cr> select max(name), kind from locations
... group by kind order by max(name) desc;
+-------------------+-------------+
| max(name) | kind |
+-------------------+-------------+
| Outer Eastern Rim | Galaxy |
| Bartledan | Planet |
| Altair | Star System |
+-------------------+-------------+
SELECT 3 rows in set (... sec)
```

`max_by(returnField, searchField)`

¶

Returns the value of `returnField`

where `searchField`

has the highest
value.

If there are ties for `searchField`

the result is non-deterministic and can be
any of the `returnField`

values of the ties.

`NULL`

values in the `searchField`

don’t count as max but are skipped.

An Example:

```
cr> SELECT max_by(mountain, height) FROM sys.summits;
+--------------------------+
| max_by(mountain, height) |
+--------------------------+
| Mont Blanc |
+--------------------------+
SELECT 1 row in set (... sec)
```

`min_by(returnField, searchField)`

¶

Returns the value of `returnField`

where `searchField`

has the lowest
value.

If there are ties for `searchField`

the result is non-deterministic and can be
any of the `returnField`

values of the ties.

`NULL`

values in the `searchField`

don’t count as min but are skipped.

An Example:

```
cr> SELECT min_by(mountain, height) FROM sys.summits;
+--------------------------+
| min_by(mountain, height) |
+--------------------------+
| Puy de Rent |
+--------------------------+
SELECT 1 row in set (... sec)
```

`stddev(column)`

¶

The `stddev`

aggregate function computes the Standard Deviation of the
set of non-null values in a column. It is a measure of the variation of data
values. A low standard deviation indicates that the values tend to be near the
mean.

`stddev`

is defined on all numeric types and on timestamp. It always returns
`double precision`

values. If all values were null or we got no value at all
`NULL`

is returned.

Example:

```
cr> select stddev(position), kind from locations
... group by kind order by kind;
+--------------------+-------------+
| stddev(position) | kind |
+--------------------+-------------+
| 1.920286436967152 | Galaxy |
| 1.4142135623730951 | Planet |
| 1.118033988749895 | Star System |
+--------------------+-------------+
SELECT 3 rows in set (... sec)
```

Caution

Due to java double precision arithmetic it is possible that any two executions of the aggregate function on the same data produce slightly differing results.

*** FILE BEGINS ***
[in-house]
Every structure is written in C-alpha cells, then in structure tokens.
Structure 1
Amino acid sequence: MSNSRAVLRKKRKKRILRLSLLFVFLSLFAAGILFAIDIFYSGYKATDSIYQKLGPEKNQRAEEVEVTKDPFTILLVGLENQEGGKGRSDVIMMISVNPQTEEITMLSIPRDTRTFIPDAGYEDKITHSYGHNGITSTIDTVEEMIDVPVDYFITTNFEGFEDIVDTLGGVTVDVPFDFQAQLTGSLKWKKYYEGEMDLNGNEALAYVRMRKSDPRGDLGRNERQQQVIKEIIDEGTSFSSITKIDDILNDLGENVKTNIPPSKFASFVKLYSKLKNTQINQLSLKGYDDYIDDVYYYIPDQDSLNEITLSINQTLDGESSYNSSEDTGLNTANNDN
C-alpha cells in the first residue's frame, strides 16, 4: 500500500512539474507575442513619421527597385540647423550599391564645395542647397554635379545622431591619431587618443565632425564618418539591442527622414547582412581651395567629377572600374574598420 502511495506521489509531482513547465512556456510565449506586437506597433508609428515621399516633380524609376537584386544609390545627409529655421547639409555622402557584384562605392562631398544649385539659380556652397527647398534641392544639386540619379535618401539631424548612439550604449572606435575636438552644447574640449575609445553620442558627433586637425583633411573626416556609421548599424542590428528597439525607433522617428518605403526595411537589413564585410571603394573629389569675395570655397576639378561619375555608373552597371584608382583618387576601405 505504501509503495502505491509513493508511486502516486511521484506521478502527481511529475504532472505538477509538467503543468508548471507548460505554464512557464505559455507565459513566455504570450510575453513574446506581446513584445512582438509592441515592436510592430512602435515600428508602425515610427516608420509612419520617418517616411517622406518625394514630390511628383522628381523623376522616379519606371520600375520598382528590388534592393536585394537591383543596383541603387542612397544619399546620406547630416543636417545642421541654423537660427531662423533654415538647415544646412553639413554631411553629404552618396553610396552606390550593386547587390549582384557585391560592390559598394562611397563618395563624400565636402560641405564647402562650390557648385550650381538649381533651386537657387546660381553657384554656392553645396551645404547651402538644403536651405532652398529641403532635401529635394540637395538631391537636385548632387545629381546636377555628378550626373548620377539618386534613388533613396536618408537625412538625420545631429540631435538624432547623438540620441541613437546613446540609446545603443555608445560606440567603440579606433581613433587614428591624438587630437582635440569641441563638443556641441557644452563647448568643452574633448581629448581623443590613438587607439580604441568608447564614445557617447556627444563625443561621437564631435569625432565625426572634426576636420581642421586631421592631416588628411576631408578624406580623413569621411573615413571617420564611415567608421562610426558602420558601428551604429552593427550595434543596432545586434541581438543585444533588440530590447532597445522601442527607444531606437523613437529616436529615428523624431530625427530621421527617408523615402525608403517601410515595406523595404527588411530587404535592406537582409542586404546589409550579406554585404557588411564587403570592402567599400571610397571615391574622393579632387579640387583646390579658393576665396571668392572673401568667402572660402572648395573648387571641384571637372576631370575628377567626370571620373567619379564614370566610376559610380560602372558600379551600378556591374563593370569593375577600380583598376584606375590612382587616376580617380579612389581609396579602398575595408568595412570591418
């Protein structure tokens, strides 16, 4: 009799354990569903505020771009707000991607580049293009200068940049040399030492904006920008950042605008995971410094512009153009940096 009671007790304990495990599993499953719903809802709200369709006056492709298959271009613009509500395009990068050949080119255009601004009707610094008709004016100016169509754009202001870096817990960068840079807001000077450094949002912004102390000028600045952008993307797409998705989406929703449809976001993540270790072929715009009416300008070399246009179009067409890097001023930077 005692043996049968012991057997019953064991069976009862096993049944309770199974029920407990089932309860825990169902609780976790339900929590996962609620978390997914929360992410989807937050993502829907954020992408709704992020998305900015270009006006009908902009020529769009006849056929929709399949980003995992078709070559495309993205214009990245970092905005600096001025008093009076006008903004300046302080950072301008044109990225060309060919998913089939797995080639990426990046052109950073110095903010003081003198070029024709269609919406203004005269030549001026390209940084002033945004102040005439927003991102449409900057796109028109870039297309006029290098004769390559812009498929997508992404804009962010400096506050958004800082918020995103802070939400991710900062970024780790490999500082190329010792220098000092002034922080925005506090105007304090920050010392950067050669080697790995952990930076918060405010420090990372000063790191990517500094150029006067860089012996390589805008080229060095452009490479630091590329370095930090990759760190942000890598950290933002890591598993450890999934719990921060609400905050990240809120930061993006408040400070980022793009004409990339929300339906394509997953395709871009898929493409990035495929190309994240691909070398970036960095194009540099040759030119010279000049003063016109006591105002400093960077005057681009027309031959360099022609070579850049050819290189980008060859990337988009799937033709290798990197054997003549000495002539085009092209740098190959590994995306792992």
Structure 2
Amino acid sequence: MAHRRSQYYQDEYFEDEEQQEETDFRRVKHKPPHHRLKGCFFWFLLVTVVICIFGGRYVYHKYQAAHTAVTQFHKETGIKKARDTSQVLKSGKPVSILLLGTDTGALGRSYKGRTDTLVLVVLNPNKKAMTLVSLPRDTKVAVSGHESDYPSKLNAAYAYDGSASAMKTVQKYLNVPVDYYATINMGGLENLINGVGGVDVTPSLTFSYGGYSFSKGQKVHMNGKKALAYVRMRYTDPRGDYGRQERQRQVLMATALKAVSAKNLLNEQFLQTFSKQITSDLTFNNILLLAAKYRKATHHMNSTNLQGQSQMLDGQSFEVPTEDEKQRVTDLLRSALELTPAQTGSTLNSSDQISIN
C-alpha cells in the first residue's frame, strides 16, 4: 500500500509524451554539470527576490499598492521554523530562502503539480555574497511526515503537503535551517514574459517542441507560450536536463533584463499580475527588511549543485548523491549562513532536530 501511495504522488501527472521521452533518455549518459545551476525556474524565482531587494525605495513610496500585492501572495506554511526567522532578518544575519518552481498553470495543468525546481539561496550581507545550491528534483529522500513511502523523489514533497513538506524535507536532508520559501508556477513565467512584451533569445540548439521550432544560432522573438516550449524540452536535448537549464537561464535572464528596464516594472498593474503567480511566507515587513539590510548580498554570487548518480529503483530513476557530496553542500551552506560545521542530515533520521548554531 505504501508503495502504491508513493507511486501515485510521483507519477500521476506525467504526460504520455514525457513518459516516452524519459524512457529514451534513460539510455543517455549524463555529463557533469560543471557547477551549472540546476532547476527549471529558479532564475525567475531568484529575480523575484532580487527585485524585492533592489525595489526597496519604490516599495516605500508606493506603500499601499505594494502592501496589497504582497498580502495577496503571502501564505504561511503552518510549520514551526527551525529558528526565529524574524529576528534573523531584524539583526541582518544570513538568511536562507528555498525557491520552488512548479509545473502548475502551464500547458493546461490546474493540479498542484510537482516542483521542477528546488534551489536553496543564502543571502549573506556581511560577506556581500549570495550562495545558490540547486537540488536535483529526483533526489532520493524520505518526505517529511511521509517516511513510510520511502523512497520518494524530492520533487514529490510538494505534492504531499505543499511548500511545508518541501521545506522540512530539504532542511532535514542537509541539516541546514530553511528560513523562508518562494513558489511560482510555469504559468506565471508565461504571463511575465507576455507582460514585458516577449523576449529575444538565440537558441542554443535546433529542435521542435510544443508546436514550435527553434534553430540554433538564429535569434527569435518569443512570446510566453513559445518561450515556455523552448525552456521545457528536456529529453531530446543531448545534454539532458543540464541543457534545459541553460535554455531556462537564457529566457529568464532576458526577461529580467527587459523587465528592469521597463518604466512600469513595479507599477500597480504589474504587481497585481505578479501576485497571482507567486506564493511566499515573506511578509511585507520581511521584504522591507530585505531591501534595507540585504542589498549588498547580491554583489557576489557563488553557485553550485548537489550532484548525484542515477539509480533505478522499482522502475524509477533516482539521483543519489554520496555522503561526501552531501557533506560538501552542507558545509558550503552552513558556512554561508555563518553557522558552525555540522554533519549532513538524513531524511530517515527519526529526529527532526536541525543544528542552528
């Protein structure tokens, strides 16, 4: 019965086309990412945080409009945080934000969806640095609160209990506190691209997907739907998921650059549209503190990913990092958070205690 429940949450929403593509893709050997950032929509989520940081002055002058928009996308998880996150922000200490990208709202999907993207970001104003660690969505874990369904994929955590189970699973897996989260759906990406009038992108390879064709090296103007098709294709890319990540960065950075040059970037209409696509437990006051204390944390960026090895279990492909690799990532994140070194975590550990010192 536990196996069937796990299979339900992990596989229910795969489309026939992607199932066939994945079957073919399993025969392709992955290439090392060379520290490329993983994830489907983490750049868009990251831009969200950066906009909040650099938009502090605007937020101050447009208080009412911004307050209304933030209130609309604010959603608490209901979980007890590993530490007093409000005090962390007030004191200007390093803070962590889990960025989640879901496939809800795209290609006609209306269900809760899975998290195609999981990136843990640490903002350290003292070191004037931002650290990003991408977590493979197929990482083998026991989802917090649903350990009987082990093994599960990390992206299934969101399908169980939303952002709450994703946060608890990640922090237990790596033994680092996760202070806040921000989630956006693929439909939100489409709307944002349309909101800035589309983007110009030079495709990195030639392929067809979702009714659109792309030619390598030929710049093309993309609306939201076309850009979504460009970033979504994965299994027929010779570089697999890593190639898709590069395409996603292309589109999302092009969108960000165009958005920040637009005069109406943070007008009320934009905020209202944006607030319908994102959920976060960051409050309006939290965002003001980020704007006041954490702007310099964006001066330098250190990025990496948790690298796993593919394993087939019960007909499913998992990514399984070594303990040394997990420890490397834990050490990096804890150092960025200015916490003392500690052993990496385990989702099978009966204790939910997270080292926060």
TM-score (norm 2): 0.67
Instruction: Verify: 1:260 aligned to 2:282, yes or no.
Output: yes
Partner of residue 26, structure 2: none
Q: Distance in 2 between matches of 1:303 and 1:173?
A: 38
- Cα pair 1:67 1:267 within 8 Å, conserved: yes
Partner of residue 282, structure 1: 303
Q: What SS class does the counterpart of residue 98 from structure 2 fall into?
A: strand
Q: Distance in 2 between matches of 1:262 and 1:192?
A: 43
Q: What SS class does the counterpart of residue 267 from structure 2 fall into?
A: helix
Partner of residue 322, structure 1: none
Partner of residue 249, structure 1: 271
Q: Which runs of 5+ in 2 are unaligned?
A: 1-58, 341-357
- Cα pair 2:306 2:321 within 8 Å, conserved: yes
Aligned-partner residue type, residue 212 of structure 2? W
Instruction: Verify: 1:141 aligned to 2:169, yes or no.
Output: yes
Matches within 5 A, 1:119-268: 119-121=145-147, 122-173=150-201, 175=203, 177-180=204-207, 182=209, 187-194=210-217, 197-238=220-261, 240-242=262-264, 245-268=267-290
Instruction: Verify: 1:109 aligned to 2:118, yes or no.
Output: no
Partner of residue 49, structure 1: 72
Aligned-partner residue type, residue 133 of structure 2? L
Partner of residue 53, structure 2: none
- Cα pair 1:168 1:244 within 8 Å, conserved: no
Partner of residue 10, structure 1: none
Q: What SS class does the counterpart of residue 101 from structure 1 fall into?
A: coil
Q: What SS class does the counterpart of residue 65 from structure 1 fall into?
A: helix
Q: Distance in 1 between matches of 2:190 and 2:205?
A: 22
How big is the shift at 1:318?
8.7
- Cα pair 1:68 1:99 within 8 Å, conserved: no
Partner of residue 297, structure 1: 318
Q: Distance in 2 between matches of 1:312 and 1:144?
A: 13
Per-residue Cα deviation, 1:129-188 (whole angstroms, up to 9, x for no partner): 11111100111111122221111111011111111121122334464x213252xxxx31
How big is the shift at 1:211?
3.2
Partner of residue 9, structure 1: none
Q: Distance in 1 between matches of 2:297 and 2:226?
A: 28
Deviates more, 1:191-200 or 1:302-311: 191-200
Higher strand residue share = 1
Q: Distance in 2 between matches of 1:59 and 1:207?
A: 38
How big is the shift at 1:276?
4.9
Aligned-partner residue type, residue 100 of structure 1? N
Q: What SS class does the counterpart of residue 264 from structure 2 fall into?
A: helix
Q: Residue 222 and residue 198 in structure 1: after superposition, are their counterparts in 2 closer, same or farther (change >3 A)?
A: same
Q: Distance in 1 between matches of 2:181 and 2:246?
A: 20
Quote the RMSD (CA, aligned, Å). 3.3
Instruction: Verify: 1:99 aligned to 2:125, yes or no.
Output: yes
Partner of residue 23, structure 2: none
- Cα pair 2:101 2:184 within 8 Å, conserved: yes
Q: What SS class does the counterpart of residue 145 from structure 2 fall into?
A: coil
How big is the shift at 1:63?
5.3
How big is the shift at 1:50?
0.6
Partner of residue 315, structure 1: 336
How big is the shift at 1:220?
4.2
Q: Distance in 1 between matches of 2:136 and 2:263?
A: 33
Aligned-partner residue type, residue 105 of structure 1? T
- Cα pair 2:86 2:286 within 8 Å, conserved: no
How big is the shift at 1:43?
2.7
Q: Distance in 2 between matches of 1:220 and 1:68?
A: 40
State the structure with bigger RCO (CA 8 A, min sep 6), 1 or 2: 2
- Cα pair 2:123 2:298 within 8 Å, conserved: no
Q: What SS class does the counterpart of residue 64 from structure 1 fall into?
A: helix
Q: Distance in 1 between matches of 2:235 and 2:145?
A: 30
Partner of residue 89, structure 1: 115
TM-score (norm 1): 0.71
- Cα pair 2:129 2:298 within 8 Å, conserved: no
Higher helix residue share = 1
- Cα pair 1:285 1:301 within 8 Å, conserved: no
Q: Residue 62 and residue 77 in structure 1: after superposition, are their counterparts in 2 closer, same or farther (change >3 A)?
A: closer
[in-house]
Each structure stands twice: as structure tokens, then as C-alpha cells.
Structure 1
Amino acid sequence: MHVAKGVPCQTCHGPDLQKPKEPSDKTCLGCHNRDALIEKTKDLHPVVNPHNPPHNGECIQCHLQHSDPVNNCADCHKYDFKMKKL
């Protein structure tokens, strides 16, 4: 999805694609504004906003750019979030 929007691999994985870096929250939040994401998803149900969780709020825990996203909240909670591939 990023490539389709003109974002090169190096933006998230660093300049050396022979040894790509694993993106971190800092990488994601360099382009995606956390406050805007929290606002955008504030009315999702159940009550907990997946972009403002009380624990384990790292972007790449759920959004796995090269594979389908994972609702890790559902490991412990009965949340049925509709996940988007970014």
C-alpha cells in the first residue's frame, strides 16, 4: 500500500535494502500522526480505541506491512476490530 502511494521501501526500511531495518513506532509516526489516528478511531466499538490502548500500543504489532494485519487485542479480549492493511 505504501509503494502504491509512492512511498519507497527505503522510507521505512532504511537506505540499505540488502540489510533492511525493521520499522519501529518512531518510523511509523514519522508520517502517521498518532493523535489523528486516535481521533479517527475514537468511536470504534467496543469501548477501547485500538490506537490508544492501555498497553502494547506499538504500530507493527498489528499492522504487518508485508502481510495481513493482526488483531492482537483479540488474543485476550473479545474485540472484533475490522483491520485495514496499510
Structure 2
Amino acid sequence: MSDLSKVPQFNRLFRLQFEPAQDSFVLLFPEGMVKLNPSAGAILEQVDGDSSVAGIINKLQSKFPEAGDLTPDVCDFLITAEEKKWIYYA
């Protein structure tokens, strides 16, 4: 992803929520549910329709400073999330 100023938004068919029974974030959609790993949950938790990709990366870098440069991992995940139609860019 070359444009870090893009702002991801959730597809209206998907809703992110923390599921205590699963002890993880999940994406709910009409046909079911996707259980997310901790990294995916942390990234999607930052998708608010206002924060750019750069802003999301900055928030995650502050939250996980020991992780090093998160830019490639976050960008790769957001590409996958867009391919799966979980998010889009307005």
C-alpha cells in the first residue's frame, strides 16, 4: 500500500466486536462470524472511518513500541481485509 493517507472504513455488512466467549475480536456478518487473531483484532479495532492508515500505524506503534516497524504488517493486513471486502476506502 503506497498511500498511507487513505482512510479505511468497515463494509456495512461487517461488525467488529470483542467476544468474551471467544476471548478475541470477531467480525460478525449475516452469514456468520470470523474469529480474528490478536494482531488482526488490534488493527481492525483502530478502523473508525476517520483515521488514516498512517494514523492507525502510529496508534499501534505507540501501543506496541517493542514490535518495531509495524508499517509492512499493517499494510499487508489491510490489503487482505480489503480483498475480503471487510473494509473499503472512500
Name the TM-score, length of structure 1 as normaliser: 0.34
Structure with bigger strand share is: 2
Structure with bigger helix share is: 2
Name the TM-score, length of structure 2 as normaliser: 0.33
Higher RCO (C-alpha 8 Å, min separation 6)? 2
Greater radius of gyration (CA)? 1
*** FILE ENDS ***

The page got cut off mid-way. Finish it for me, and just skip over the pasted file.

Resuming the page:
`string_agg(column, delimiter)`

¶

The `string_agg`

aggregate function concatenates the input values into a
string, where each value is separated by a delimiter.

If all input values are null, null is returned as a result.

```
cr> select string_agg(col1, ', ') from (values('a'), ('b'), ('c')) as t;
+------------------------+
| string_agg(col1, ', ') |
+------------------------+
| a, b, c |
+------------------------+
SELECT 1 row in set (... sec)
```

See also

`percentile(column, {fraction | fractions})`

¶

The `percentile`

aggregate function computes a Percentile over numeric
non-null values in a column.

Percentiles show the point at which a certain percentage of observed values occur. For example, the 98th percentile is the value which is greater than 98% of the observed values. The result is defined and computed as an interpolated weighted average. According to that it allows the median of the input data to be defined conveniently as the 50th percentile.

The function expects a single fraction or an array of
fractions and a column name. Independent of the input column data type the
result of `percentile`

always returns a `double precision`

. If the value at
the specified column is `null`

the row is ignored. Fractions must be double
precision values between 0 and 1. When supplied a single fraction, the function
will return a single value corresponding to the percentile of the specified
fraction:

```
cr> select percentile(position, 0.95), kind from locations
... group by kind order by kind;
+----------------------------+-------------+
| percentile(position, 0.95) | kind |
+----------------------------+-------------+
| 6.0 | Galaxy |
| 5.0 | Planet |
| 4.0 | Star System |
+----------------------------+-------------+